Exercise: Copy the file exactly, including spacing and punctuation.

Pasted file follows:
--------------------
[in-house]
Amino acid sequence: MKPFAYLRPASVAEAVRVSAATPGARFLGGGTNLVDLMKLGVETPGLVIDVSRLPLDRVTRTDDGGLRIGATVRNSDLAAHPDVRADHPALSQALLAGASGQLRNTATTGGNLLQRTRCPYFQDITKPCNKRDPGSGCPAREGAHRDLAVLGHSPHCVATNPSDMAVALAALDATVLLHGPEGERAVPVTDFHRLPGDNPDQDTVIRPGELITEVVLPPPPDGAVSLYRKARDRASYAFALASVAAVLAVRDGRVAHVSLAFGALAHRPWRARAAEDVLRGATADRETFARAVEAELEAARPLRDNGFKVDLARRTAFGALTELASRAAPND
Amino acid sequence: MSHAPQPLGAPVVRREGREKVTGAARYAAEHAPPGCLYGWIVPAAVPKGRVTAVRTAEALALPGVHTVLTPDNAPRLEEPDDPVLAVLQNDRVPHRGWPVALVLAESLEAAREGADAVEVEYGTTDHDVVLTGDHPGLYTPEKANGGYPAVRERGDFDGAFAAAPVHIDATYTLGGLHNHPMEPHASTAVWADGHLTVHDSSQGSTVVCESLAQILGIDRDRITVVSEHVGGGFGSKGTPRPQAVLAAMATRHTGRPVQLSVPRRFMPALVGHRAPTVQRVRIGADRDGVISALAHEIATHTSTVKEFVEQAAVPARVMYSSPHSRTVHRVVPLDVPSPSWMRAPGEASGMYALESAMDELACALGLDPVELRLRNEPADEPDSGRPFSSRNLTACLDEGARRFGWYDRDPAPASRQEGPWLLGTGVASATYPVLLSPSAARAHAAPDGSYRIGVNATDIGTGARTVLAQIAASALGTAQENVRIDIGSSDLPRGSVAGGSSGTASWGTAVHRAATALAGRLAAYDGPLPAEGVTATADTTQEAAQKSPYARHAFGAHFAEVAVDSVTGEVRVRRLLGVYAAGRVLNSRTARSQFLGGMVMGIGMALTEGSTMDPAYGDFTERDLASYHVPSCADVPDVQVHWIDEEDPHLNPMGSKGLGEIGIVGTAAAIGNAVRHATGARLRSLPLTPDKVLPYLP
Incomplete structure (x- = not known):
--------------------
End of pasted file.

[in-house]
Amino acid sequence: MKPFAYLRPASVAEAVRVSAATPGARFLGGGTNLVDLMKLGVETPGLVIDVSRLPLDRVTRTDDGGLRIGATVRNSDLAAHPDVRADHPALSQALLAGASGQLRNTATTGGNLLQRTRCPYFQDITKPCNKRDPGSGCPAREGAHRDLAVLGHSPHCVATNPSDMAVALAALDATVLLHGPEGERAVPVTDFHRLPGDNPDQDTVIRPGELITEVVLPPPPDGAVSLYRKARDRASYAFALASVAAVLAVRDGRVAHVSLAFGALAHRPWRARAAEDVLRGATADRETFARAVEAELEAARPLRDNGFKVDLARRTAFGALTELASRAAPND
Amino acid sequence: MSHAPQPLGAPVVRREGREKVTGAARYAAEHAPPGCLYGWIVPAAVPKGRVTAVRTAEALALPGVHTVLTPDNAPRLEEPDDPVLAVLQNDRVPHRGWPVALVLAESLEAAREGADAVEVEYGTTDHDVVLTGDHPGLYTPEKANGGYPAVRERGDFDGAFAAAPVHIDATYTLGGLHNHPMEPHASTAVWADGHLTVHDSSQGSTVVCESLAQILGIDRDRITVVSEHVGGGFGSKGTPRPQAVLAAMATRHTGRPVQLSVPRRFMPALVGHRAPTVQRVRIGADRDGVISALAHEIATHTSTVKEFVEQAAVPARVMYSSPHSRTVHRVVPLDVPSPSWMRAPGEASGMYALESAMDELACALGLDPVELRLRNEPADEPDSGRPFSSRNLTACLDEGARRFGWYDRDPAPASRQEGPWLLGTGVASATYPVLLSPSAARAHAAPDGSYRIGVNATDIGTGARTVLAQIAASALGTAQENVRIDIGSSDLPRGSVAGGSSGTASWGTAVHRAATALAGRLAAYDGPLPAEGVTATADTTQEAAQKSPYARHAFGAHFAEVAVDSVTGEVRVRRLLGVYAAGRVLNSRTARSQFLGGMVMGIGMALTEGSTMDPAYGDFTERDLASYHVPSCADVPDVQVHWIDEEDPHLNPMGSKGLGEIGIVGTAAAIGNAVRHATGARLRSLPLTPDKVLPYLP
Incomplete structure (x- = not known):